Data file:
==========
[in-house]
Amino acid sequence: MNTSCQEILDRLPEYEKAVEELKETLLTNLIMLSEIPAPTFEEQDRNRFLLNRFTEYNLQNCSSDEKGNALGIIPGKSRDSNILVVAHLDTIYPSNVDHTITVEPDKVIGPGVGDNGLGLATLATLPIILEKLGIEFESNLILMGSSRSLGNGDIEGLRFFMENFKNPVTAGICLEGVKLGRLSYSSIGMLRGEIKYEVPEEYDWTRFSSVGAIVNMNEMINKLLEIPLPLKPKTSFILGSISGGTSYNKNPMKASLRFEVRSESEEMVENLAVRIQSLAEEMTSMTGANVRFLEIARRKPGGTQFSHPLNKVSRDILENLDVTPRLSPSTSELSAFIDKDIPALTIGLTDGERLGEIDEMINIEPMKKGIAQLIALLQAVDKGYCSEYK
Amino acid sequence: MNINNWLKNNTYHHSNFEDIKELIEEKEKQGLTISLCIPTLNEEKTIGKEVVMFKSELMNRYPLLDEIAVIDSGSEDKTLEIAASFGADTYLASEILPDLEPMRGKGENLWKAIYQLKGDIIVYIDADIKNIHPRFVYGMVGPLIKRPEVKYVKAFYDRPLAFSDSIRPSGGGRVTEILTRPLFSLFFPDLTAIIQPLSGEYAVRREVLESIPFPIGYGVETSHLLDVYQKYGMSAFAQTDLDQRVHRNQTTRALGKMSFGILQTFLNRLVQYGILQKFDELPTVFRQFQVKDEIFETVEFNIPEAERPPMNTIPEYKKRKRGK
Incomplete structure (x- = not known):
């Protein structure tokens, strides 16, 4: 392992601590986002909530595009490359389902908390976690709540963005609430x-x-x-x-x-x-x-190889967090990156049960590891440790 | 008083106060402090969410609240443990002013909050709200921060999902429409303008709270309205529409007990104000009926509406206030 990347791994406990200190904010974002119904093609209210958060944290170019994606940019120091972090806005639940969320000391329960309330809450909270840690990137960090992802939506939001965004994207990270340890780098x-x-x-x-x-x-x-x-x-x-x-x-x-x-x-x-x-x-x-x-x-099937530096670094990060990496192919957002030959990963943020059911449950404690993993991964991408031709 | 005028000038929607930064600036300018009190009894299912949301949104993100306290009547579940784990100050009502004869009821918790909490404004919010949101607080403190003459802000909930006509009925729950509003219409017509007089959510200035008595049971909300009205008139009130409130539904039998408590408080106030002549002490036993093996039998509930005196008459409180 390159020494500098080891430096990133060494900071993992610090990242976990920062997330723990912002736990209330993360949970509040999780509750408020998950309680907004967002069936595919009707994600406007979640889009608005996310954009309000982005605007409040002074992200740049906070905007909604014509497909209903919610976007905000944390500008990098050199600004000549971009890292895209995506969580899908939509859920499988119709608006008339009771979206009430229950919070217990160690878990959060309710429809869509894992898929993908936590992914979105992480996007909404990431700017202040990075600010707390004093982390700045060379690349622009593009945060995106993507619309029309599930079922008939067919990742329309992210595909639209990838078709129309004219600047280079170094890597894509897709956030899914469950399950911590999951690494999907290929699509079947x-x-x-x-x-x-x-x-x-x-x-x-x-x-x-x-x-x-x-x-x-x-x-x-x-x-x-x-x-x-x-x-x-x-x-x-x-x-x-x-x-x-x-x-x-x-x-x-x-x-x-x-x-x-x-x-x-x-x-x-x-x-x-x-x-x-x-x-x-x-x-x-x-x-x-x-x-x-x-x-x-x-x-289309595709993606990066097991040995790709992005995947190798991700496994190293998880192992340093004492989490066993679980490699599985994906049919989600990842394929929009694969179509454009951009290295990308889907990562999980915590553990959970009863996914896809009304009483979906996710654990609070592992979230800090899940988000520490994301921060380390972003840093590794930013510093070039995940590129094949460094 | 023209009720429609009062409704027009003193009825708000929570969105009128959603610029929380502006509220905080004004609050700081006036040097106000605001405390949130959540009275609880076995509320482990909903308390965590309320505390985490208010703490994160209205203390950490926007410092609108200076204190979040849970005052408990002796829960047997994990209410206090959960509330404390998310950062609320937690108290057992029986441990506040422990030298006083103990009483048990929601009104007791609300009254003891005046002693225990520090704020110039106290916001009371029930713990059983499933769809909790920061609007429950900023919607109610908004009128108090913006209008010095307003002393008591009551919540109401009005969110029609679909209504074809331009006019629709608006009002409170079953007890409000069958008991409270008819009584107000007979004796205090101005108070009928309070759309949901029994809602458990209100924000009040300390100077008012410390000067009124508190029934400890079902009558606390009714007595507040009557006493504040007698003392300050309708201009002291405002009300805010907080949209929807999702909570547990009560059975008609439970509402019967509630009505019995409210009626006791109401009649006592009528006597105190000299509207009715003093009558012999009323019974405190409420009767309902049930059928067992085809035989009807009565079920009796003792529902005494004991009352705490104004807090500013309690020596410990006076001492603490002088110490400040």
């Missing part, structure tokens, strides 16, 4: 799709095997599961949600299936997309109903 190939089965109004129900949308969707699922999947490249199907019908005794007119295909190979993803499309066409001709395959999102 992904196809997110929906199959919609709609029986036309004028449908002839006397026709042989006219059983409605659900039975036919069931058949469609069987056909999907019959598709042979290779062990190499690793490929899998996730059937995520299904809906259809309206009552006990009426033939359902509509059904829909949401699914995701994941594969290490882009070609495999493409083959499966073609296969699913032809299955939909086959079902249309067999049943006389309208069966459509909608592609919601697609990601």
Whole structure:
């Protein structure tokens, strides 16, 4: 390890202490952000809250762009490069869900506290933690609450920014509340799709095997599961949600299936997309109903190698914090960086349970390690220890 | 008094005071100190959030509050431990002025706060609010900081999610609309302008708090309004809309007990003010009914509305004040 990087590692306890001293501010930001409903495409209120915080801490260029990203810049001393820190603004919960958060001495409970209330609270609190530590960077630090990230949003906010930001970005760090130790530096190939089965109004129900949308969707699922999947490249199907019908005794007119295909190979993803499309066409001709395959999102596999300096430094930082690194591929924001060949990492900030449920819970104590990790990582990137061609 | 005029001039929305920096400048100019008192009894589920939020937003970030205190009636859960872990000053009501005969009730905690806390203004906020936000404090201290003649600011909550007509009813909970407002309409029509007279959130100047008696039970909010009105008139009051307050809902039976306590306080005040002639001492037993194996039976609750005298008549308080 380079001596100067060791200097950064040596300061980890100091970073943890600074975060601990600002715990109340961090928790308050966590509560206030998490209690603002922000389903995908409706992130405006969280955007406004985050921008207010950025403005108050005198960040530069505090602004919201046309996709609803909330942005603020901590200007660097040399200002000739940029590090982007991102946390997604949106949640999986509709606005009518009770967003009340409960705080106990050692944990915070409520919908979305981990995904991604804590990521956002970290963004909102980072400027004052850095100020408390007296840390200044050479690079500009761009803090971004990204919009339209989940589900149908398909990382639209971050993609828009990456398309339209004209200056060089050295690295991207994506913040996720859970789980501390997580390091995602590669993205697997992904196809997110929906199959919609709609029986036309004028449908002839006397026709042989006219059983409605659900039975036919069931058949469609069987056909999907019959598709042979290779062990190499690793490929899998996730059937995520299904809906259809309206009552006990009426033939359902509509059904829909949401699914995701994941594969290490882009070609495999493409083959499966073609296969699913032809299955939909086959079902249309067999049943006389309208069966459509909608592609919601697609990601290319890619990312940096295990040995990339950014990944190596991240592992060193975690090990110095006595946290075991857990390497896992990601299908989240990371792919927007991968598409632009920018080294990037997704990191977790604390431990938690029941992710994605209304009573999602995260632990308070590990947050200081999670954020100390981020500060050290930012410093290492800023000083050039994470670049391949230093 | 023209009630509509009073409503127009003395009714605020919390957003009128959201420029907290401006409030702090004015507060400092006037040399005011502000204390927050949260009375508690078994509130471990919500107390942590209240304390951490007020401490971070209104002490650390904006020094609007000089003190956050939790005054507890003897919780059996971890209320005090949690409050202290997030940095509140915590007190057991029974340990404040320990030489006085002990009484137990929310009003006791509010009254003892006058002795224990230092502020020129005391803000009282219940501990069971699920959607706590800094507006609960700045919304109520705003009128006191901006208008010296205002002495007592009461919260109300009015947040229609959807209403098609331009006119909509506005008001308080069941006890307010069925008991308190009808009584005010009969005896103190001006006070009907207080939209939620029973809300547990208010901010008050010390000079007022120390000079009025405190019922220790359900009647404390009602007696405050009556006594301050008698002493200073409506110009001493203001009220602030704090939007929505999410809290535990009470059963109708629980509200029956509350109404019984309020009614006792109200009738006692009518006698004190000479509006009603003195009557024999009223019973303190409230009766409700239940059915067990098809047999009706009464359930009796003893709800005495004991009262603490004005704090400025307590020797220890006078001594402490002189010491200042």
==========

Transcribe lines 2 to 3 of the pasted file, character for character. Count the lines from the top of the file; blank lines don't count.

Amino acid sequence: MNTSCQEILDRLPEYEKAVEELKETLLTNLIMLSEIPAPTFEEQDRNRFLLNRFTEYNLQNCSSDEKGNALGIIPGKSRDSNILVVAHLDTIYPSNVDHTITVEPDKVIGPGVGDNGLGLATLATLPIILEKLGIEFESNLILMGSSRSLGNGDIEGLRFFMENFKNPVTAGICLEGVKLGRLSYSSIGMLRGEIKYEVPEEYDWTRFSSVGAIVNMNEMINKLLEIPLPLKPKTSFILGSISGGTSYNKNPMKASLRFEVRSESEEMVENLAVRIQSLAEEMTSMTGANVRFLEIARRKPGGTQFSHPLNKVSRDILENLDVTPRLSPSTSELSAFIDKDIPALTIGLTDGERLGEIDEMINIEPMKKGIAQLIALLQAVDKGYCSEYK
Amino acid sequence: MNINNWLKNNTYHHSNFEDIKELIEEKEKQGLTISLCIPTLNEEKTIGKEVVMFKSELMNRYPLLDEIAVIDSGSEDKTLEIAASFGADTYLASEILPDLEPMRGKGENLWKAIYQLKGDIIVYIDADIKNIHPRFVYGMVGPLIKRPEVKYVKAFYDRPLAFSDSIRPSGGGRVTEILTRPLFSLFFPDLTAIIQPLSGEYAVRREVLESIPFPIGYGVETSHLLDVYQKYGMSAFAQTDLDQRVHRNQTTRALGKMSFGILQTFLNRLVQYGILQKFDELPTVFRQFQVKDEIFETVEFNIPEAERPPMNTIPEYKKRKRGK